Beginning a social revolution: what happens when causes are lost, movements forgotten

TEMP ORARY November 14, 2012 0

Our generation is eager to carry the torch of revolution and renaissance. This desire is evident in the movements we support, such as Kony 2012 and Occupy Wall Street. We desperately wish to make a difference and leave an imprint on our constantly changing world.
What happens when the limelight of the torch fades, and the 24-hour news cycle focuses on something else? Are these issues still relevant? What happens to these movements and why? Are they still occurring even though we are no longer hearing about them?
You may have missed the Kony 2012 campaign if you were preparing to be transported to heaven in the Rapture. Then again, maybe you were building a bunker in preparation for the predicted apocalypse. If not, you probably know the identity of Joseph Kony.
Over the course of two decades, Kony led the Lord’s Resistance Army, which was notorious for recruiting child soldiers. His army is responsible for the murder of tens of thousands of people using brutal tactics.
The Kony 2012 campaign was led by individuals such as Jason Russell and Ben Keesey. Both of these men helped found an organization called Invisible Children, which seeks to expose the exploitation and abuse of children. In the case of Joseph Kony, Russel and Keesey wanted to reveal Kony’s history of violence through social media. They wanted to “make him famous” through a YouTube video so he could be brought to justice.
The campaign launched by Invisible Children was extremely successful. According to New York Times writers Jennifer Preston and Robert Mackey, “It rocketed across the Web, reaching 100 million online views faster than any other Internet video.” However, there are quite a few falsehoods at the core of this movement.
One of those variables is the simplicity of the message. Some argue that the leaders of Invisible Children boiled the issue down too much. As a result, they did not capture the true nature of the current situation regarding Kony. In addition, others claim that the individuals who Invisible Children wanted to help were left voiceless.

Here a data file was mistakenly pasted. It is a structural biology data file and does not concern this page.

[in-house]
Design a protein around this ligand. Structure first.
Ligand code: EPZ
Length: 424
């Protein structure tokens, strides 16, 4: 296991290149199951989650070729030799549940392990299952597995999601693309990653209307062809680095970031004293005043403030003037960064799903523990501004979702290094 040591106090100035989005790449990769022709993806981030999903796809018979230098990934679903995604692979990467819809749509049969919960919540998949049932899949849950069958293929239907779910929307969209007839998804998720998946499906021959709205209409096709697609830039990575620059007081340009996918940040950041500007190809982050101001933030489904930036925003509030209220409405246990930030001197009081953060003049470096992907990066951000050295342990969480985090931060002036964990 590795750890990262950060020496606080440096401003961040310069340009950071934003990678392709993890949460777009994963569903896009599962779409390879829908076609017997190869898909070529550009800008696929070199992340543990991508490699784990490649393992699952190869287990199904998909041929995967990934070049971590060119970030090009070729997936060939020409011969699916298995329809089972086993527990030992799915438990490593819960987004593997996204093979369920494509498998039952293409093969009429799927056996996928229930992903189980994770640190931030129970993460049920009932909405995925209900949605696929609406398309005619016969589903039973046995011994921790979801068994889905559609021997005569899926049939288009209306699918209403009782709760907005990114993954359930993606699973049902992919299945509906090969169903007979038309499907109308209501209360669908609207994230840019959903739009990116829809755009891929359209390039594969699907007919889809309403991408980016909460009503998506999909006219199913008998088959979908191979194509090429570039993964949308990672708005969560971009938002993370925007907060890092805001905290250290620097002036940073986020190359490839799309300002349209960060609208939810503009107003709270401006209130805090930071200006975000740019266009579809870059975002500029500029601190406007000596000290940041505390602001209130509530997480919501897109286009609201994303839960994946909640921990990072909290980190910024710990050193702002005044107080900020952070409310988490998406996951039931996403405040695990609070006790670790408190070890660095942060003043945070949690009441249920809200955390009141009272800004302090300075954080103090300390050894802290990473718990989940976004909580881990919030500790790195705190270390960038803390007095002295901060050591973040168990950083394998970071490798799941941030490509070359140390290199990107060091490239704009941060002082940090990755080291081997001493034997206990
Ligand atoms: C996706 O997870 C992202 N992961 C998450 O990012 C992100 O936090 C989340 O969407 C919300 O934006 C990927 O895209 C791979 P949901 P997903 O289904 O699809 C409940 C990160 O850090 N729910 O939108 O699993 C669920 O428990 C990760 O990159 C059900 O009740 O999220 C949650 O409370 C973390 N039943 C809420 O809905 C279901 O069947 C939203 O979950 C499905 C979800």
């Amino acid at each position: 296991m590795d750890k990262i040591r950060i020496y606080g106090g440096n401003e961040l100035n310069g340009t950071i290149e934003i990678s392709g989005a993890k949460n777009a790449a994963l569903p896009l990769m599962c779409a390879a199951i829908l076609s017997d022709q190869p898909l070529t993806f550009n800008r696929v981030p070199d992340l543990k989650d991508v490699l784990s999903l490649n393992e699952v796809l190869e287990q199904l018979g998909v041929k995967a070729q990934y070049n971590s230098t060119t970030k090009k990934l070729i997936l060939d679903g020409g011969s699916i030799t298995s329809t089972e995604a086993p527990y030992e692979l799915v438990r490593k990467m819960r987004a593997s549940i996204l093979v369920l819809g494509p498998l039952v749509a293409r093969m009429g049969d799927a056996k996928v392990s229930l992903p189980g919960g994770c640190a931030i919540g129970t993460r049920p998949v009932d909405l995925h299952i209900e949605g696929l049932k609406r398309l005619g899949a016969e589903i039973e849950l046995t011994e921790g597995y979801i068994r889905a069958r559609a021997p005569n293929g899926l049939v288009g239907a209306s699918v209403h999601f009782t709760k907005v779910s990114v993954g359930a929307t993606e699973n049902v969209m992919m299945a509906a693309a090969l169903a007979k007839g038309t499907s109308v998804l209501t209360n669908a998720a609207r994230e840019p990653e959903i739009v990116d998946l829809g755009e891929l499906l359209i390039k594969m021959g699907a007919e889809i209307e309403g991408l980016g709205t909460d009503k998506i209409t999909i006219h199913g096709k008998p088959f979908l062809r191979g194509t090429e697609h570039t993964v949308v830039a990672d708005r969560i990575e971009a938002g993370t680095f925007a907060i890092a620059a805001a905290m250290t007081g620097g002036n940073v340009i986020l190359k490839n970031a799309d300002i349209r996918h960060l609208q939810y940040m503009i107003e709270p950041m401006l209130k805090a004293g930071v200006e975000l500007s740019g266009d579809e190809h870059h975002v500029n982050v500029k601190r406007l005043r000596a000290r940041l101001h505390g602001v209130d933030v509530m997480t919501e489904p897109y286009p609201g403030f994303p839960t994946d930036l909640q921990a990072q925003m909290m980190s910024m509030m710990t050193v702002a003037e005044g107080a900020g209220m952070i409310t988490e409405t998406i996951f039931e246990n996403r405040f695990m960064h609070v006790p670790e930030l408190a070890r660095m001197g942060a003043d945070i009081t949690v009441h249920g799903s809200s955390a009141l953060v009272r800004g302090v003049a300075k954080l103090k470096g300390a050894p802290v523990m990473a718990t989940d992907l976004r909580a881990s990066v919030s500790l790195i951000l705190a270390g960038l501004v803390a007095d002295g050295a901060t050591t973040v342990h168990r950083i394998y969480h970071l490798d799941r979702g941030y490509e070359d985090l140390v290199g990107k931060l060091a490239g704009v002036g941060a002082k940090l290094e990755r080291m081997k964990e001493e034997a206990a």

This was the case according to the Ugandan Entrepreneur T.M.S. Ruge. “Here, the voice of the marginalized and their agency to determine the course of their future is stripped,” Ruge wrote. “In this case, one organization set the goals and put a huge effort behind simplifying the message for mass adoption — and that audience bit into it, hook line and sinker.”
Another issue with the Kony 2012 movement involves factual errors. Invisible Children grossly overstated Kony’s current situation. One of those errors was the suggestion that the Lord’s Resistance Army (LRA) still had large forces fighting in Uganda. The reality is that the LRA left Uganda. In addition, Russell also misrepresented the size of Kony’s forces. According to the New York Times, “Mr. Russell’s narration could imply that there are as many as 30,000 child soldiers in Mr. Kony’s army. After years on the run, the group is believed to be down to hundreds of fighters.”
Now that the limelight has faded from the movement, it has fallen from the public eye. This is because it is no longer relevant in the way it was originally represented. Yes, Kony committed heinous crimes, but the Ugandan government is handling the issue. The efforts of the Invisible Children movement were misguided and they used false information. These factors, combined with Russell’s arrest for public masturbation and vandalism, helped kill the Kony 2012 movement.
Even though the Occupy Movement has lost its glow, it is still socially relevant. It began over a year ago as a protest of corporate greed and wealth inequality in America. According to the Washington Post, “Occupy Wall Street was born in late 2011 in a lower Manhattan plaza called Zuccotti Park, with a handful of protestors pitching tents and vowing to stay put until world leaders offered a fair share to the ‘99 percent’ who don’t control the globe’s wealth.”
The movement spread to cities such as Philadelphia as other people supported the message. However, news about Occupy diminished as time went on. This is partially because cities like Philadelphia ordered protestors to disband their camps. According to the Philadelphia Inquirer, city police made 52 arrests during the closing of the Philadelphia protest.
As a result of similar closings and lack of leadership, the Occupy movement stagnated. However, it has made a comeback recently in its New York City birth place. Hurricane Sandy is the reason the movement has new life. According to the Washington Post, donations come in by the truckload and are sorted in the basement. Now the group has dozens of relief centers across the city and a stream of volunteers who are shuttled out to the most desperate areas.”
Social movements ebb and flow based upon media coverage and public interest. If they spread organically, like Occupy Wall Street, they will grow and thrive. There is a real seed of need at the center of this movement now that it seeks to help hurricane victims. This makes the new Occupy Sandy movement stronger than the Kony 2012 campaign. It is based in actual fact and cases of desperate need. As a result, people are rising to the occasion. These are the factors that separate real movements from false ones.

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